Is there any other way to kick off this list? Eduardo Sánchez and Daniel Myrick delivered one of the scariest films of the 90s with TBWP and quickly became the flag-bearer for the found footage subgenre. It trails three film students as they venture into the woods hunting the legendary Blair Witch. The original script, completed in 1993, left actors the ability to improvise much of the film. It premiered at the Sundance Film Festival and was an immediate hit. What’s more, the director’s $11,000 project terrorized enough people to churn out $248.6 million at the box office, making it one of the most successful independent films of the time. The mysterious and long-awaited Blair Witch reboot hit theaters in 2016.

2. Cannibal Holocaust

Even though the previous entry is credited with launching the found footage phenomenon, it’s Ruggero Deodato’s brutal Cannibal Holocaust that actually gave birth to the subgenre. Released in 1980, the film follows a professor as he searches for his film crew protégés who’ve gone missing. He doesn’t find them–alive–but what he does find is their footage, with scenes of human brutality you’ll wish had never been caught on tape. The film was inspired by Italian media reporting of Red Brigade terrorism and gained its fame thanks to its controversial use of incredibly graphic imagery and violence. In fact, after its premiere in Italy, the film was confiscated by a local magistrate, and Deodato was arrested for obscenity.

3. Lovely Molly

We bet you can’t make it through the night without shuddering after watching this chiller, which follows an unstable newlywed and her four-legged demon suitor.

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The Best Witch Books Ever: Part One—Here Are MY Faves…

“A witch is a magician, who, either by open or secret league, is wittingly or unwillingly contenteth to use the aid and assistance of the devil in the working of wonders or misery to those about, both friend and enemy alike.”

– William Perkins, A Discourse on the Damned Art of Witchcraft, 1608


Illustration/Design: Sanguine Woods.

Here they are…my faves–well part of them, anyway (stay tuned for Parts Two and Three); and they’re not in any type of order. I purposely refrained from giving them any kind of rating–ratings are biased by nature; this way, you can judge for yourself.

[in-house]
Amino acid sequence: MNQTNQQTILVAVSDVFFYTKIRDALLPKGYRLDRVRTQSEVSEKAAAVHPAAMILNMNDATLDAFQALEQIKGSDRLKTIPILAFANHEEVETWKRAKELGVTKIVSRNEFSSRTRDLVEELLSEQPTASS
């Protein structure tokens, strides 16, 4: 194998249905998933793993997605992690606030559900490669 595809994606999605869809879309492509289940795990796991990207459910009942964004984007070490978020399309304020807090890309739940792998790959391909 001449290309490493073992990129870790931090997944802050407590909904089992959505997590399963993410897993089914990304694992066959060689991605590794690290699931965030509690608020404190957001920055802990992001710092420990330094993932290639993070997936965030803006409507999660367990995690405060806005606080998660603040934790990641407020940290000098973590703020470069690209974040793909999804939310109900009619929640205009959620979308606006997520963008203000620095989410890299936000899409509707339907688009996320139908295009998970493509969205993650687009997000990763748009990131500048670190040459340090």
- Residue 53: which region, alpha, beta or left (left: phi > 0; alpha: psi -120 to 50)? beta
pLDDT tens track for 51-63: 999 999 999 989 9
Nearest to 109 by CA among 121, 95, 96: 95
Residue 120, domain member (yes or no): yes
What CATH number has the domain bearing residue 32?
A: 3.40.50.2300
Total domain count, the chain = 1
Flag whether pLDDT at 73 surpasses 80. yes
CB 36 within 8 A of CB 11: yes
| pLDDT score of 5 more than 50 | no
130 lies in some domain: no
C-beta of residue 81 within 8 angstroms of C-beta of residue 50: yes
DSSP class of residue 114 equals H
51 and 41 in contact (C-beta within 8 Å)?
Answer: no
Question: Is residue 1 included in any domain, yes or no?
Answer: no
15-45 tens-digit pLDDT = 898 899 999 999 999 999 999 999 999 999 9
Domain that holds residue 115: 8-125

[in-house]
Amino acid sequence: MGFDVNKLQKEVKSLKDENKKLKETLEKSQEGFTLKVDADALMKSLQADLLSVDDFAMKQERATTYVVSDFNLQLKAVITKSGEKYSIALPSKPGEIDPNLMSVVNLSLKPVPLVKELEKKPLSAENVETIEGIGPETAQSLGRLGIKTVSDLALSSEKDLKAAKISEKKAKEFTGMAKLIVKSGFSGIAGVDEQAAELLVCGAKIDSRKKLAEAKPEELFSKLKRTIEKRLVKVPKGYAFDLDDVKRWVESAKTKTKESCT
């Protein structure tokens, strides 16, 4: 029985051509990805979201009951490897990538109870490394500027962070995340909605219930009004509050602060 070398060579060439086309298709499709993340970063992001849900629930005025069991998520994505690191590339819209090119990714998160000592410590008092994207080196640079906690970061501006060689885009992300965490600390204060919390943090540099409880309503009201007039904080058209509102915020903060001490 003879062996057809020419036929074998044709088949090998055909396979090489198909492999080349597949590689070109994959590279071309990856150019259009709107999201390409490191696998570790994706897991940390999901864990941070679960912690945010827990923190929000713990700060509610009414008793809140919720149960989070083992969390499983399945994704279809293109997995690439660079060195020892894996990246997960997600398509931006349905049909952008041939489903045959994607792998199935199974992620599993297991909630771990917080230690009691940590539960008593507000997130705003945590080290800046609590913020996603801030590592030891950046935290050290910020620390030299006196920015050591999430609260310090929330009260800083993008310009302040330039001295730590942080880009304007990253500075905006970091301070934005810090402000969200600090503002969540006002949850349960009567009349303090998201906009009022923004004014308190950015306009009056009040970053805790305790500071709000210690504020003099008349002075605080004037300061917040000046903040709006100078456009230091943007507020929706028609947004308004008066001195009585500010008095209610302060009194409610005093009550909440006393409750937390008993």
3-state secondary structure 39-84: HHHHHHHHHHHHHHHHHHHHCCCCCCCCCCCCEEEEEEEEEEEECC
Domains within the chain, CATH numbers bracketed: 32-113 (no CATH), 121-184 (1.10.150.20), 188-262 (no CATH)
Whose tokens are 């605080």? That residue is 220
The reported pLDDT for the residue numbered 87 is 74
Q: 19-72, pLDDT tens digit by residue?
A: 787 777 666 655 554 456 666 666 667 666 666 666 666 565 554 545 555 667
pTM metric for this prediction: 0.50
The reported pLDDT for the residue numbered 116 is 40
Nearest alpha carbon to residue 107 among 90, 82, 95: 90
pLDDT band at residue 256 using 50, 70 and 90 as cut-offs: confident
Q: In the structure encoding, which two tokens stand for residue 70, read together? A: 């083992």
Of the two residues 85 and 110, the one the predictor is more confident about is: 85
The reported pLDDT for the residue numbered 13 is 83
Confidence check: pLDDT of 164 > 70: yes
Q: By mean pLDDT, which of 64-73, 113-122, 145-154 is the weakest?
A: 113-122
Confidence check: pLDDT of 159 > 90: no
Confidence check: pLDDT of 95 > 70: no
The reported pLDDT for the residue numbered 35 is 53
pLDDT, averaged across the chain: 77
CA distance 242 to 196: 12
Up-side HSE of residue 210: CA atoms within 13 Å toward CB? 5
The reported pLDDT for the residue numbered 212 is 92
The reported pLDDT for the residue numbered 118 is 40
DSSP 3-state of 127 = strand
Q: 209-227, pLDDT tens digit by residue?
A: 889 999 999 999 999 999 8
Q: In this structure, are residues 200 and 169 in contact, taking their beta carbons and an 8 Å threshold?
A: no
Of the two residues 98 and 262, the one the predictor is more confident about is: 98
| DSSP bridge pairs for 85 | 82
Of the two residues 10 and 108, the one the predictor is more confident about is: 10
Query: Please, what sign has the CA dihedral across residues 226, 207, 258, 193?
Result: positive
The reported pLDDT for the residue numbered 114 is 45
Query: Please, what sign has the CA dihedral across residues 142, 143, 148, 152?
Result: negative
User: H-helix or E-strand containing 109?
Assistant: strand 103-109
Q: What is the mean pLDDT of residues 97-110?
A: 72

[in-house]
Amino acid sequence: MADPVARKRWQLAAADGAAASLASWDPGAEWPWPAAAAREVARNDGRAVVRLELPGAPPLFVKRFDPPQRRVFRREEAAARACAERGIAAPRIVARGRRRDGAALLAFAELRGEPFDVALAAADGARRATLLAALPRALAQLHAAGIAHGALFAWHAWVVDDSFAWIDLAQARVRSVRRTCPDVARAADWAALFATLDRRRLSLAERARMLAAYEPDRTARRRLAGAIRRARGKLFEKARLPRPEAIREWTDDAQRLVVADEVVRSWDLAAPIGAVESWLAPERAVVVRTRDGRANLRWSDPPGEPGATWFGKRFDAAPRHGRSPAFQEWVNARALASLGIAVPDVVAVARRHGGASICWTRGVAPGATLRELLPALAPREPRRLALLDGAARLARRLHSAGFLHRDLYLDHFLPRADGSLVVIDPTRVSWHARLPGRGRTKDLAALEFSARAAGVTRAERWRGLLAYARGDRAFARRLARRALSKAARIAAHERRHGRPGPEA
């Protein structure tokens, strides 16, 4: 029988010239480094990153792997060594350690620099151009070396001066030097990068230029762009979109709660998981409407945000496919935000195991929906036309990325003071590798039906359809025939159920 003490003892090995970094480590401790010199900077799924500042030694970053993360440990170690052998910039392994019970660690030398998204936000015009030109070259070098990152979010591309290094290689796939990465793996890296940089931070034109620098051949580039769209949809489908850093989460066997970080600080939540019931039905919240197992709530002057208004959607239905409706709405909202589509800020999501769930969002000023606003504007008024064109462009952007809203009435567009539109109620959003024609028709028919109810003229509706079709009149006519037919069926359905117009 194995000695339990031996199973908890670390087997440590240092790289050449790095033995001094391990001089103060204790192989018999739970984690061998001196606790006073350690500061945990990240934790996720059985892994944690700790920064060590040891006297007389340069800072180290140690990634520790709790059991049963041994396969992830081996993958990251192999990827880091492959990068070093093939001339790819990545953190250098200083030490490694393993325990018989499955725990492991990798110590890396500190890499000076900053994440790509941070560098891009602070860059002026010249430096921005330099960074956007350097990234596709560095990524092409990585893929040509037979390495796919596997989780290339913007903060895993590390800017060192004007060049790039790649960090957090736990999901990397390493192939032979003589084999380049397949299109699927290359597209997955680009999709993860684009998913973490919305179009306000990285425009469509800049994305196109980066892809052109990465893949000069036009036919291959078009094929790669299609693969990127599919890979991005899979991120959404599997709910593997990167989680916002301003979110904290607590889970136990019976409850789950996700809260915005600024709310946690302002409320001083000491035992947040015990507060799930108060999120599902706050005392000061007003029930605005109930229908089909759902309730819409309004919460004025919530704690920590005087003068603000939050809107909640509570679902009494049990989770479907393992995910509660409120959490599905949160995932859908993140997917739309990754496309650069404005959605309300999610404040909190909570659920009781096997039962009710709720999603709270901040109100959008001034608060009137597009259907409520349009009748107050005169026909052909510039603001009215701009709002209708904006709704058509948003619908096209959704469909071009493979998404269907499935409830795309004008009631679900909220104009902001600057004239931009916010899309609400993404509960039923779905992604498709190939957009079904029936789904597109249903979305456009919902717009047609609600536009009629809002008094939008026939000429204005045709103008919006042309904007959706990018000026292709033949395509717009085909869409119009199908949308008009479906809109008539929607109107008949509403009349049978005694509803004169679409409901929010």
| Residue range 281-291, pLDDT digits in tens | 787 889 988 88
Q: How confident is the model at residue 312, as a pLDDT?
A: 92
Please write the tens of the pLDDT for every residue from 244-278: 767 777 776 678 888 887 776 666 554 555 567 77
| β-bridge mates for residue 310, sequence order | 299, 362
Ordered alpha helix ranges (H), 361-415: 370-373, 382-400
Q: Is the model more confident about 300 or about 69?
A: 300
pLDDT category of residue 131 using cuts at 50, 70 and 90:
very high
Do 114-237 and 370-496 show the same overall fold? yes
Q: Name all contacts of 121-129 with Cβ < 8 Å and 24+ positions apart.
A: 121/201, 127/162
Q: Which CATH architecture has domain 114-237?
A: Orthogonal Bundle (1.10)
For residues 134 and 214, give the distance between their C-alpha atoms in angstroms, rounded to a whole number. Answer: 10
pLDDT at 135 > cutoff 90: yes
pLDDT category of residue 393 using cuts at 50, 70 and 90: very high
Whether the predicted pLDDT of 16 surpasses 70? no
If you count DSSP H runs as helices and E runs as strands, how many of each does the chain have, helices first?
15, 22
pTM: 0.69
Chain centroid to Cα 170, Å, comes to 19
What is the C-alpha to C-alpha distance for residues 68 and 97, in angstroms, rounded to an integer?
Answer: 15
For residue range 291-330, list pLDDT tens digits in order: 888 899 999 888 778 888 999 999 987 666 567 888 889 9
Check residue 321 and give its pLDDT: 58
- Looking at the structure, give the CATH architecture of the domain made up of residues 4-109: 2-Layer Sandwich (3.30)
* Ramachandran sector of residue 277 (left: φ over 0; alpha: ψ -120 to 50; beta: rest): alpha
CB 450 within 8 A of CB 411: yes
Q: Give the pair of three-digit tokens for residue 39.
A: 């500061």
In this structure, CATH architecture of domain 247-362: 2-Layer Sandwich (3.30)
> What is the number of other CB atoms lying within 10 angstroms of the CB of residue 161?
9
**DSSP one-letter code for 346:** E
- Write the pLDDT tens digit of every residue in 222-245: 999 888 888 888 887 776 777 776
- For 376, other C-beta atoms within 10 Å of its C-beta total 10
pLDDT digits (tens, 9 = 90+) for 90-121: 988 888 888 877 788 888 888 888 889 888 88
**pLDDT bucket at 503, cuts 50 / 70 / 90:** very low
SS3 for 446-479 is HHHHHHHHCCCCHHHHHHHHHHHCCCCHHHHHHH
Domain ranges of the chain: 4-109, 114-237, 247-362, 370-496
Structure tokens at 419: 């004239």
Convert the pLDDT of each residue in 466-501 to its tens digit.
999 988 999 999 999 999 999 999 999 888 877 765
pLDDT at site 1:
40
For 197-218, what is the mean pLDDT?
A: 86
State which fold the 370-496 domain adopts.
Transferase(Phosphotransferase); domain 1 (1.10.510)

To me, they just have to be scary (adult scary–although I am a big fan of Roald Dahl). If you were burned to death tied to a stake, you’d be scary, too.

I also enjoy an eerie old-fashioned gothic atmosphere, which can add a complexity if written well that doesn’t always need scares to be effective. (The scary part usually rules out YA and Teen fiction for me; if you know of one I’ve missed, please send me a note!) Other than that just give me thoughtful characterization and good prose.

“By the Pricking of my Thumbs, something wicked this way comes.”  Witches, Macbeth


White is for Witching by Helen Oyeyemi, 2009

white“White is for witching, a colour to be worn so that all other colours can enter you, so that you may use them. At a pinch, cream will do.”

There’s something strange about the Silver family house in the closed-off town of Dover, England. Grand and cavernous with hidden passages and buried secrets, it’s been home to four generations of Silver women—Anna, Jennifer, Lily, and now Miranda, who has lived in the house with her twin brother, Eliot, ever since their father converted it to a bed-and-breakfast. The Silver women have always had a strong connection, a pull over one another that reaches across time and space, and when Lily, Miranda’s mother, passes away suddenly while on a trip abroad, Miranda begins suffering strange ailments. An eating disorder starves her. She begins hearing voices. When she brings a friend home, Dover’s hostility toward outsiders physically manifests within the four walls of the Silver house, and the lives of everyone inside are irrevocably changed. And of course there is the house itself, 29 Barton Road, whose lines in the novel are grotesque, chilling and beautiful. At once an unforgettable mystery and a meditation on race, nationality, and family legacies, White is for Witching is a boldly original, terrifying, and elegant novel by a prodigious talent.

Winner of the Somerset Maugham Award
One of Granta’s Best Young British Novelists
From the acclaimed author of Mr. Fox; & Boy, Snow, Bird

“Be prepared to be enchanted…” – Fantasy Book Critic

Review: https://fantasybookcritic.blogspot.com/2009/07/white-is-for-witching-by-helen-oyeyemi.html

Hex by Thomas Olde Heuvelt, 2016

43A9512F-1E89-4E0C-B400-4016531660A4The greats of genre fiction, Stephen King and George R. R. Martin (Game of Thrones), lead the fanfare for HEX–a good sign that Dutch author Thomas Olde Heuvelt’s debut English novel is both terrifying and unputdownable in equal measure.

Whoever is born here, is doomed to stay until death. Whoever comes to stay here, never leaves. 

Welcome to Black Spring, the seemingly picturesque Hudson Valley town that is haunted by the Black Rock Witch—a 17th-century woman whose eyes and mouth have been sewn shut. Blind and silenced, she walks the streets, entering homes at will. She’s been known to stand next to a child’s bed for nights on end–and no one knows why. So accustomed, in fact, to have her about, the townsfolk have almost grown to forget she’s there…or threat she poses a threat. According to the legend: if the Black Rock Witch’s stitches are ever cut open, the whole town will perish.